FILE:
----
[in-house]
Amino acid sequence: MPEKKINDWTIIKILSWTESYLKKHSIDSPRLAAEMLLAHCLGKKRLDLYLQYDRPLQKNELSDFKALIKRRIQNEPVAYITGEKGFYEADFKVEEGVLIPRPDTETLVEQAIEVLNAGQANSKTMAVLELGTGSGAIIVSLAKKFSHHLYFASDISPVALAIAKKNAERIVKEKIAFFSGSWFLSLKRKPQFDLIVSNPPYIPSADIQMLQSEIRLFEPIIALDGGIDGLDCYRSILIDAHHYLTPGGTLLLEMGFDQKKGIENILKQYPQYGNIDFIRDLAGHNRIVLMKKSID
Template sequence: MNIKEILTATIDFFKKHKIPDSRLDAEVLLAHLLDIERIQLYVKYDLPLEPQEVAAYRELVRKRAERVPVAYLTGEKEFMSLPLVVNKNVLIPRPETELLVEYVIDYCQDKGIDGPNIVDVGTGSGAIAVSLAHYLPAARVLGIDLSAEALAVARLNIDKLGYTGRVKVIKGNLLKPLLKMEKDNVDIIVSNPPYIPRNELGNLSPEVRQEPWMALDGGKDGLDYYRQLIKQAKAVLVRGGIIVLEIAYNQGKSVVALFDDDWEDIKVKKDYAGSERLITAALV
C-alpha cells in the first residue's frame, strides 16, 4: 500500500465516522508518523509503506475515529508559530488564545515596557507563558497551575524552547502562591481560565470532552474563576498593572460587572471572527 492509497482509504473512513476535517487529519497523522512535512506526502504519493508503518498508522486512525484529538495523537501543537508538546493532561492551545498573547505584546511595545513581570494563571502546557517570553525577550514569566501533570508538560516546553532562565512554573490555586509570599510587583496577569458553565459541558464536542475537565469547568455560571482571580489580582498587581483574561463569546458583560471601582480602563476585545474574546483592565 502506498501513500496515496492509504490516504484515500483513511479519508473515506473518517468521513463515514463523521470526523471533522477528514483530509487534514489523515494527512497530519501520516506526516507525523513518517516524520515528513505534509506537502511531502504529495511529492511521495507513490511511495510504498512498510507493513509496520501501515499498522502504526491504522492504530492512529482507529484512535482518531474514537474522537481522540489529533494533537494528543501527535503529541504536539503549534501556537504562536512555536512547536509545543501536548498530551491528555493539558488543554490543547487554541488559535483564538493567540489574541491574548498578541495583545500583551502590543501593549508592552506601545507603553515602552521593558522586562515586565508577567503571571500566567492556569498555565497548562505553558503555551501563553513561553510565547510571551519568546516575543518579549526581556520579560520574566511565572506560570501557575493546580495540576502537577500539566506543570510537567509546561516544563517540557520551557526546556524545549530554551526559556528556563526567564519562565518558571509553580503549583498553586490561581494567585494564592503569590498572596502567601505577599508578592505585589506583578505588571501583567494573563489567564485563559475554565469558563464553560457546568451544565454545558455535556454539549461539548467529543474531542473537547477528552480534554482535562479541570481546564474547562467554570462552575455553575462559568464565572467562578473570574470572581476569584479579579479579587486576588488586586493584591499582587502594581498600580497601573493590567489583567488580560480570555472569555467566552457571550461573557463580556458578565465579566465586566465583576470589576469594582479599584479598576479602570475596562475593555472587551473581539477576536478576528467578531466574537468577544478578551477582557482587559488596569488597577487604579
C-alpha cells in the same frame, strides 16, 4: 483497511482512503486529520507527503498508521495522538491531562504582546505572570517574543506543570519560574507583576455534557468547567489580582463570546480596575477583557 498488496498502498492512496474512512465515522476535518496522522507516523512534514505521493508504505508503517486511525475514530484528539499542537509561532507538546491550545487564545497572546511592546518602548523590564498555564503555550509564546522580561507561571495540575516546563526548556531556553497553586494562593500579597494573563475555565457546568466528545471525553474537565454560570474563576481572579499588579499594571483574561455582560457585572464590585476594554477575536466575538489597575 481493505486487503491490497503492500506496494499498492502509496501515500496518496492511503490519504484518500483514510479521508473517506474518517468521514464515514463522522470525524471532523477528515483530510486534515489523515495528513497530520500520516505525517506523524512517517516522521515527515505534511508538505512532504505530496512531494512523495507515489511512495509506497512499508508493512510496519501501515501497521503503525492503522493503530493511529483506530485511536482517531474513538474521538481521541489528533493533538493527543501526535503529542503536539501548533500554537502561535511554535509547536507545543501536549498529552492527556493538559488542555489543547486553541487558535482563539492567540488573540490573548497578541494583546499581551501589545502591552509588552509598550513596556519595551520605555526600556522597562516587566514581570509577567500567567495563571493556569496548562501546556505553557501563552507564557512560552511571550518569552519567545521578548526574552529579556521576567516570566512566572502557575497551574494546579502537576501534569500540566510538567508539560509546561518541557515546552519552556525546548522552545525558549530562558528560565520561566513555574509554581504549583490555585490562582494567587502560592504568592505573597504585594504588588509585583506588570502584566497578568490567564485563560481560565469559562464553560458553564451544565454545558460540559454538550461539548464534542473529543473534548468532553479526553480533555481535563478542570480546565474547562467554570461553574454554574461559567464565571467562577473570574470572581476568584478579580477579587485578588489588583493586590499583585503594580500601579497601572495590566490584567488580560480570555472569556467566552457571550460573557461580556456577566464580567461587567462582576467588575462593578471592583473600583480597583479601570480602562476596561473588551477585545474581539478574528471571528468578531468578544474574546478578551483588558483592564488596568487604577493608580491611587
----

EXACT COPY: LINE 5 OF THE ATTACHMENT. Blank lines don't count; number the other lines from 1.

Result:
C-alpha cells in the same frame, strides 16, 4: 483497511482512503486529520507527503498508521495522538491531562504582546505572570517574543506543570519560574507583576455534557468547567489580582463570546480596575477583557 498488496498502498492512496474512512465515522476535518496522522507516523512534514505521493508504505508503517486511525475514530484528539499542537509561532507538546491550545487564545497572546511592546518602548523590564498555564503555550509564546522580561507561571495540575516546563526548556531556553497553586494562593500579597494573563475555565457546568466528545471525553474537565454560570474563576481572579499588579499594571483574561455582560457585572464590585476594554477575536466575538489597575 481493505486487503491490497503492500506496494499498492502509496501515500496518496492511503490519504484518500483514510479521508473517506474518517468521514464515514463522522470525524471532523477528515483530510486534515489523515495528513497530520500520516505525517506523524512517517516522521515527515505534511508538505512532504505530496512531494512523495507515489511512495509506497512499508508493512510496519501501515501497521503503525492503522493503530493511529483506530485511536482517531474513538474521538481521541489528533493533538493527543501526535503529542503536539501548533500554537502561535511554535509547536507545543501536549498529552492527556493538559488542555489543547486553541487558535482563539492567540488573540490573548497578541494583546499581551501589545502591552509588552509598550513596556519595551520605555526600556522597562516587566514581570509577567500567567495563571493556569496548562501546556505553557501563552507564557512560552511571550518569552519567545521578548526574552529579556521576567516570566512566572502557575497551574494546579502537576501534569500540566510538567508539560509546561518541557515546552519552556525546548522552545525558549530562558528560565520561566513555574509554581504549583490555585490562582494567587502560592504568592505573597504585594504588588509585583506588570502584566497578568490567564485563560481560565469559562464553560458553564451544565454545558460540559454538550461539548464534542473529543473534548468532553479526553480533555481535563478542570480546565474547562467554570461553574454554574461559567464565571467562577473570574470572581476568584478579580477579587485578588489588583493586590499583585503594580500601579497601572495590566490584567488580560480570555472569556467566552457571550460573557461580556456577566464580567461587567462582576467588575462593578471592583473600583480597583479601570480602562476596561473588551477585545474581539478574528471571528468578531468578544474574546478578551483588558483592564488596568487604577493608580491611587